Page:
July 28, 2015

See a Dragon, Be a Dragon: Symbols in Chinese Culture

An early Chinese scholar observed, “All the inhabitants of oriental countries… are gifted with a vivid imagination—a quality of important constructive value.” With this imagination, the Chinese, in particular, have constructed an immense and rich repertoire of symbols. Plants and animals, as well as landscape features, are endowed by their observers with human qualities. Orchid, bamboo, lotus, tiger, swallow, bat, and crane, mountains, rivers, clouds and continents, to name a few, all have their correspondences. The origin of the meanings of the symbols appears to be lost in time; there are no known references enumerating them while, at the same time, there are probably no books of the ancient culture that do not include them.

To understand these symbols is to participate at a fundamental level in Chinese culture. Seeing a dragon gives the experience of imperial power, divine mystery, and the eternal potential for change. Seeing a plum blossom invokes a sense of the value of perseverance and the miracle of spring. The Chinese seem to know, intuitively, that the symbol has power and that seeing the symbol over and over again will bring that power to life.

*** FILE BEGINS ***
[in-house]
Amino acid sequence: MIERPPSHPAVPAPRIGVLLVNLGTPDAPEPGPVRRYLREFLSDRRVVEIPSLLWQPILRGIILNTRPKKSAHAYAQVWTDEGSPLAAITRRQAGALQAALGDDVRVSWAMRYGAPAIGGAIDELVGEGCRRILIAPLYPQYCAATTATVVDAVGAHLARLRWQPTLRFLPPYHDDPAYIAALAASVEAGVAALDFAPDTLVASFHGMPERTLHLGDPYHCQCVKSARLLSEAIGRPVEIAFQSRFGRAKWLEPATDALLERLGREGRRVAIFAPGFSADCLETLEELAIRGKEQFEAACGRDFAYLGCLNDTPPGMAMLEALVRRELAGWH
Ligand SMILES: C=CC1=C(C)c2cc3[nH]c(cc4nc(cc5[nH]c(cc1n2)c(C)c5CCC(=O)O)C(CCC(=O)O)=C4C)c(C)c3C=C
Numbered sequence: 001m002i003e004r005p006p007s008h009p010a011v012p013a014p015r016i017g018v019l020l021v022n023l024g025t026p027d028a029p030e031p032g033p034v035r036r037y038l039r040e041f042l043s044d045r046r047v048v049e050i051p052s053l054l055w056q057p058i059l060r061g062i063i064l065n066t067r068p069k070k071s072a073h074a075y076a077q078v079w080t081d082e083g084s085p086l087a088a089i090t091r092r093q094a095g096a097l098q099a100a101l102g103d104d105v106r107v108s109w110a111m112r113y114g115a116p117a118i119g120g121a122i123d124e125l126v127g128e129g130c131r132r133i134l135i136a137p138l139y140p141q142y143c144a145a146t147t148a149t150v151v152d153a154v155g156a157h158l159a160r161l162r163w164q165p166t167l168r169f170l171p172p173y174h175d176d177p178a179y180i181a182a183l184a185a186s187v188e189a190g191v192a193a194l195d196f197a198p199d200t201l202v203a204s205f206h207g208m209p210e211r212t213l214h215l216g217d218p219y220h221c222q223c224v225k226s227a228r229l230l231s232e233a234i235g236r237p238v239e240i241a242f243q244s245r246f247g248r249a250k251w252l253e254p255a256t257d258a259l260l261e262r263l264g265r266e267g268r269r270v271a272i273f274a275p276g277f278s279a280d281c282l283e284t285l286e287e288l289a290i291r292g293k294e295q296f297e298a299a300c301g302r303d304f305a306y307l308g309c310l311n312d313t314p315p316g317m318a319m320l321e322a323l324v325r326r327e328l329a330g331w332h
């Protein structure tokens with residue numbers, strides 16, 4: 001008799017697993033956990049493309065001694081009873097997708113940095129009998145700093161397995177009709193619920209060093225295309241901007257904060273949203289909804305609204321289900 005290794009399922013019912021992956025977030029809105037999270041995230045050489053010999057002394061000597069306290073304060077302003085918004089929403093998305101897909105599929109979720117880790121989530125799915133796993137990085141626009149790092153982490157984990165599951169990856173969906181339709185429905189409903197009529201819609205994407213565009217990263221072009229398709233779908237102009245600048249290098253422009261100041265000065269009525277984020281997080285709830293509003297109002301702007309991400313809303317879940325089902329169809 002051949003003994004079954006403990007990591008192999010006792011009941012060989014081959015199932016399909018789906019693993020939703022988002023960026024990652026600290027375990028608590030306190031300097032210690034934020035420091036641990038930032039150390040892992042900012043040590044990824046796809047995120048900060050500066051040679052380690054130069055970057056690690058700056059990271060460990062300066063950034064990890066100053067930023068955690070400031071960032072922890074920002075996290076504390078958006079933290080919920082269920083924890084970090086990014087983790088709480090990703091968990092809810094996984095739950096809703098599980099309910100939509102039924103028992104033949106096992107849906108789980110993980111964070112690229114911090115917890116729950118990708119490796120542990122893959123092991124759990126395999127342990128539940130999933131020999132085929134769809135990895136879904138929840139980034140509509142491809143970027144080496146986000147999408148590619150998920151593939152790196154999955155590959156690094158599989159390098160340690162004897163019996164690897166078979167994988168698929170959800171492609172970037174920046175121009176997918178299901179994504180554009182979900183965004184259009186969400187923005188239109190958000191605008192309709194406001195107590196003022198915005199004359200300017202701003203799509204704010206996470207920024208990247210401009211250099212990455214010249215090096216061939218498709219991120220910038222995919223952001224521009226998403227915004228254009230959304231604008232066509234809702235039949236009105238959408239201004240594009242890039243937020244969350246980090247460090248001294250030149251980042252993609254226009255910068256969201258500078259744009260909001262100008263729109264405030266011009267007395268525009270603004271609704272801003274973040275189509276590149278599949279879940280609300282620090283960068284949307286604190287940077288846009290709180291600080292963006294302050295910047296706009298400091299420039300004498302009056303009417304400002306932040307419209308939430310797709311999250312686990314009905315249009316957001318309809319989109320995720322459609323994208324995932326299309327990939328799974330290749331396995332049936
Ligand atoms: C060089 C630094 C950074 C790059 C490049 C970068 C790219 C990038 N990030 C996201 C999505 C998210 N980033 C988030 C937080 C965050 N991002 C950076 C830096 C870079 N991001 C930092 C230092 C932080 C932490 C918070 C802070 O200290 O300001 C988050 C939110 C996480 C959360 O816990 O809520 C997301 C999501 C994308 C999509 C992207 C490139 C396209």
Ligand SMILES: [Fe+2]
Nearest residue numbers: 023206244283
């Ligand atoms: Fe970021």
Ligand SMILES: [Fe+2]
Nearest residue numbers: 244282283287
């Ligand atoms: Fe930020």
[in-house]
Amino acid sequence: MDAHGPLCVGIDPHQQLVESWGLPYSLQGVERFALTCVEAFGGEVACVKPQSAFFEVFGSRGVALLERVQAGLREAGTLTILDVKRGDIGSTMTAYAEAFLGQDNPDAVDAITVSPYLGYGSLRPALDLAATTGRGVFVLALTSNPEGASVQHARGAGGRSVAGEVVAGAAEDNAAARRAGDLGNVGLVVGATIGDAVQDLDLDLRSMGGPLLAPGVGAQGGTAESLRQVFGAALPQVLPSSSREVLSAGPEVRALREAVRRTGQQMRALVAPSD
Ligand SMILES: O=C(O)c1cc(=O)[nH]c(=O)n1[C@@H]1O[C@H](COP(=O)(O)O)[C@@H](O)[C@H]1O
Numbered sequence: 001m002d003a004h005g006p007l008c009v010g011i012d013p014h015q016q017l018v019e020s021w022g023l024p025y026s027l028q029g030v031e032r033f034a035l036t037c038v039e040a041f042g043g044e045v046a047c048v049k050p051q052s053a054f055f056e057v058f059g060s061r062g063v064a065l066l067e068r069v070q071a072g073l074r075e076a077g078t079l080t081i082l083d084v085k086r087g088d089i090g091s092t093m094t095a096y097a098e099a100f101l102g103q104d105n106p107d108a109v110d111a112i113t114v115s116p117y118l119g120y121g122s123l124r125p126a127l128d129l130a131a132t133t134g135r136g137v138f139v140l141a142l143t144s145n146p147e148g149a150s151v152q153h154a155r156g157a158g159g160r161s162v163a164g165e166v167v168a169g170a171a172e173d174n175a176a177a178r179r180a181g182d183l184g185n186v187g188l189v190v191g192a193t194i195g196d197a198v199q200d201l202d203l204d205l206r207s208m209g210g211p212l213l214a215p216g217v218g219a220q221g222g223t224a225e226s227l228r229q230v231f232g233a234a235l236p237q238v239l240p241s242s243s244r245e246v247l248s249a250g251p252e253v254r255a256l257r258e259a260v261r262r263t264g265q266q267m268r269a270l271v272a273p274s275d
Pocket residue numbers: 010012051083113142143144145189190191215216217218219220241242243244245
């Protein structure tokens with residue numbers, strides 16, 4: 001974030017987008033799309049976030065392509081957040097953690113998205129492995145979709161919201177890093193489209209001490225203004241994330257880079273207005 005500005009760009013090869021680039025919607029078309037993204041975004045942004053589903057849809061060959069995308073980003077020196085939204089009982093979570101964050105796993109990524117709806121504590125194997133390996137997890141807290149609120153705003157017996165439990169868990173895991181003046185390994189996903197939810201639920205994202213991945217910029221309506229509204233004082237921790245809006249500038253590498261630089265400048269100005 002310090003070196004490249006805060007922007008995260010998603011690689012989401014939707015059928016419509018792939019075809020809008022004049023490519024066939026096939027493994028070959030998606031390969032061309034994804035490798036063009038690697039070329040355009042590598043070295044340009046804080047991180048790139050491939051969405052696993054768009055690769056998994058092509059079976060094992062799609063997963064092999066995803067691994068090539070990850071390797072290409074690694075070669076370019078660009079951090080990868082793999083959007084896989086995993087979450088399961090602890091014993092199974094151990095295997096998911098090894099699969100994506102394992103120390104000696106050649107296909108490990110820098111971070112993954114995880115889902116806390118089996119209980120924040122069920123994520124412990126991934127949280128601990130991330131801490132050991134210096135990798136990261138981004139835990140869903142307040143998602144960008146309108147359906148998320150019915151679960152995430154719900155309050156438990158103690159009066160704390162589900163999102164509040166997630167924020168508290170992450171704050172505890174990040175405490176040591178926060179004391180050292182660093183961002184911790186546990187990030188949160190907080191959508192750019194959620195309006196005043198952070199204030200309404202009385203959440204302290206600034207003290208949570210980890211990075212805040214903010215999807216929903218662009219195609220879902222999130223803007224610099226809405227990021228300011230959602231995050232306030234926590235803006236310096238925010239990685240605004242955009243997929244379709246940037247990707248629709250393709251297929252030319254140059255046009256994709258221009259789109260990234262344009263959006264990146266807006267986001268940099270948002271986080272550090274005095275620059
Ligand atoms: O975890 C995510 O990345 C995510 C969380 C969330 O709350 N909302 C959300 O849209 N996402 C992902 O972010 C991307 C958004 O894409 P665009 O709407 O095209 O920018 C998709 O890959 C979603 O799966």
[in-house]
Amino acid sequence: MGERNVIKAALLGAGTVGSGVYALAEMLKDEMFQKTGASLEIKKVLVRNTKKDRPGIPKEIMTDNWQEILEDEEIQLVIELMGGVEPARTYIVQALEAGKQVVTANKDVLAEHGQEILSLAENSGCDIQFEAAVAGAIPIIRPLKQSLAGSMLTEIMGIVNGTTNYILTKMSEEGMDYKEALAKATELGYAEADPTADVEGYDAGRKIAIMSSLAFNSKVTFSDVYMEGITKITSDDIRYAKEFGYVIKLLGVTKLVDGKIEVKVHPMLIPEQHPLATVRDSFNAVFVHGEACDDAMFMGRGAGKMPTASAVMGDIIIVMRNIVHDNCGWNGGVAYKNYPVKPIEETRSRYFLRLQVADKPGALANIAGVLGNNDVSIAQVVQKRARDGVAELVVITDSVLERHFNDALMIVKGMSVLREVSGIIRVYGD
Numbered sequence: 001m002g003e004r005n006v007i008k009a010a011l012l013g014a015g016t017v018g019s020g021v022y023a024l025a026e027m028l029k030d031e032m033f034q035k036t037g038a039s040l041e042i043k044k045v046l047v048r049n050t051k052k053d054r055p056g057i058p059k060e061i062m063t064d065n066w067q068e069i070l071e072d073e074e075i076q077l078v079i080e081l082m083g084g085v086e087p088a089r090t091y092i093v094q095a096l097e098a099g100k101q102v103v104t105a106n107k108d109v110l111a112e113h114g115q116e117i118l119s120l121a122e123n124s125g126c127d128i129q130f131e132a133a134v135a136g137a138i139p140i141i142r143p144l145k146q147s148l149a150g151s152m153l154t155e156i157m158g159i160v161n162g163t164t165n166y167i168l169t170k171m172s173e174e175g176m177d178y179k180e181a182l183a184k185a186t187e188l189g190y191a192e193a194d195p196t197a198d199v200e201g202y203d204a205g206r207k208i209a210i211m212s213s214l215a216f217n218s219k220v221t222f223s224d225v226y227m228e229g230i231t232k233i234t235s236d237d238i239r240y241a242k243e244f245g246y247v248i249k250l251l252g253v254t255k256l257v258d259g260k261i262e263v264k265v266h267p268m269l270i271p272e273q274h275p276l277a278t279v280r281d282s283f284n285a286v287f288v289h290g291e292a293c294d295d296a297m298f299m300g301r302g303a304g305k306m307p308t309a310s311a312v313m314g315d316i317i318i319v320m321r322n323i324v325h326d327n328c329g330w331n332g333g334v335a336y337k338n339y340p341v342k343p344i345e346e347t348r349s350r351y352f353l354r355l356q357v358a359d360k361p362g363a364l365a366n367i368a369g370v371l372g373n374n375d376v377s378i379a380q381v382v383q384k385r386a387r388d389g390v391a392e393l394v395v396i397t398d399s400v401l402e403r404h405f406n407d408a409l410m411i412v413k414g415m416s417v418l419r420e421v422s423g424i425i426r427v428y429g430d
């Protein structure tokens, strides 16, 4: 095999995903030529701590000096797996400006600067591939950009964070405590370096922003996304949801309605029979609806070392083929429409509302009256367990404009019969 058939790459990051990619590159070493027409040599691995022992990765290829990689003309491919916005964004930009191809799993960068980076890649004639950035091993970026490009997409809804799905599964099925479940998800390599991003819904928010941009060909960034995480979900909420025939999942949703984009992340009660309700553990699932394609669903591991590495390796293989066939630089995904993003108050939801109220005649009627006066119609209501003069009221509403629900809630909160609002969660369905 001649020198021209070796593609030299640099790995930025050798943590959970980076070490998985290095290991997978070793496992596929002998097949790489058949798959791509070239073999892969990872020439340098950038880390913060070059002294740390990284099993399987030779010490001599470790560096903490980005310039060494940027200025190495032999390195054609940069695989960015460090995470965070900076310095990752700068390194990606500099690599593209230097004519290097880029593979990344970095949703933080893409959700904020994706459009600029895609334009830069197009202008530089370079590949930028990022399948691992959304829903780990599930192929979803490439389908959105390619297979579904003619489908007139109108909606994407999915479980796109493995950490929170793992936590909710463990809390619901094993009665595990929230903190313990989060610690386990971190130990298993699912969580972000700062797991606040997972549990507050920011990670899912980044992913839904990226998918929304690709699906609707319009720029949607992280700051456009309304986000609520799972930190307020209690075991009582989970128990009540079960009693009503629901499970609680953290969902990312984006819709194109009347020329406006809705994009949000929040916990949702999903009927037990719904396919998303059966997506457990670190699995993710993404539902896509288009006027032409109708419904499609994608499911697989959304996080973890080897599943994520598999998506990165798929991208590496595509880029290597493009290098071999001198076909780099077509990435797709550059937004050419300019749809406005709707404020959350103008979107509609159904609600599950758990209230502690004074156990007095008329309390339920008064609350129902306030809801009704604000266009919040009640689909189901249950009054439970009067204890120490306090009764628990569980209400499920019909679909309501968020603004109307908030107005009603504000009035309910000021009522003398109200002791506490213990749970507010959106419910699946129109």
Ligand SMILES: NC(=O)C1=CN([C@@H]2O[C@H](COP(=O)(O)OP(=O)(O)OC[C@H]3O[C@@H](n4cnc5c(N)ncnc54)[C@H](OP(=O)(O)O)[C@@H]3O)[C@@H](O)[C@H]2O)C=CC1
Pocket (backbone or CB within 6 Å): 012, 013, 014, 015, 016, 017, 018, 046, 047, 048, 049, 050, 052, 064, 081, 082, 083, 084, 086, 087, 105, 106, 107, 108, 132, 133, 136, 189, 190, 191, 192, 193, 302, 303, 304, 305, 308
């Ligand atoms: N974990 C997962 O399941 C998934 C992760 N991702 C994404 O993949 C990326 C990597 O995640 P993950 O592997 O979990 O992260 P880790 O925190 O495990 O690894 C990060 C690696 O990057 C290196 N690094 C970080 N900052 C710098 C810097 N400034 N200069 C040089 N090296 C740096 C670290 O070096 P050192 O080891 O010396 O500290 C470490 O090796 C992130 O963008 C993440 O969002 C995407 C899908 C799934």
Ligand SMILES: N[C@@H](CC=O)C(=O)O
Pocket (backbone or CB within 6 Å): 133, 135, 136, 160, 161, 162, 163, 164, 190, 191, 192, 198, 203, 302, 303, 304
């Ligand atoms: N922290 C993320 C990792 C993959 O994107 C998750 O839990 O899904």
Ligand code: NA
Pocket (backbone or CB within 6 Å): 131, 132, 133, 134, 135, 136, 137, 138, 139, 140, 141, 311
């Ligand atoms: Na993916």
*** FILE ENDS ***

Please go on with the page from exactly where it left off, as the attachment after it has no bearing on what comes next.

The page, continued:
Taoism, from which so much of Feng Shui derives, conveys its principles through the use of symbols. The Five Elements all have correspondences in the physical realm. The ten Earthly Branches are represented by animals. Chinese artists of all disciplines—painting, sculpture, jewelry, textiles, architecture—have used these motifs in their work, and you have undoubtedly seen them.

Because the symbols represent universal qualities along the entire spectrum of human experience, to recognize them is to affirm that which gives our life meaning. Seeing these qualities in the shape of an animal or a flower reminds us that these qualities are vibrations that pervade the physical world. Subsequent articles here will describe some of the most common motifs used through the ages in Chinese culture. May knowledge of these symbols deepen your appreciation of Chinese art and, ideally, enrich your life.

Image courtesy of External Radiance

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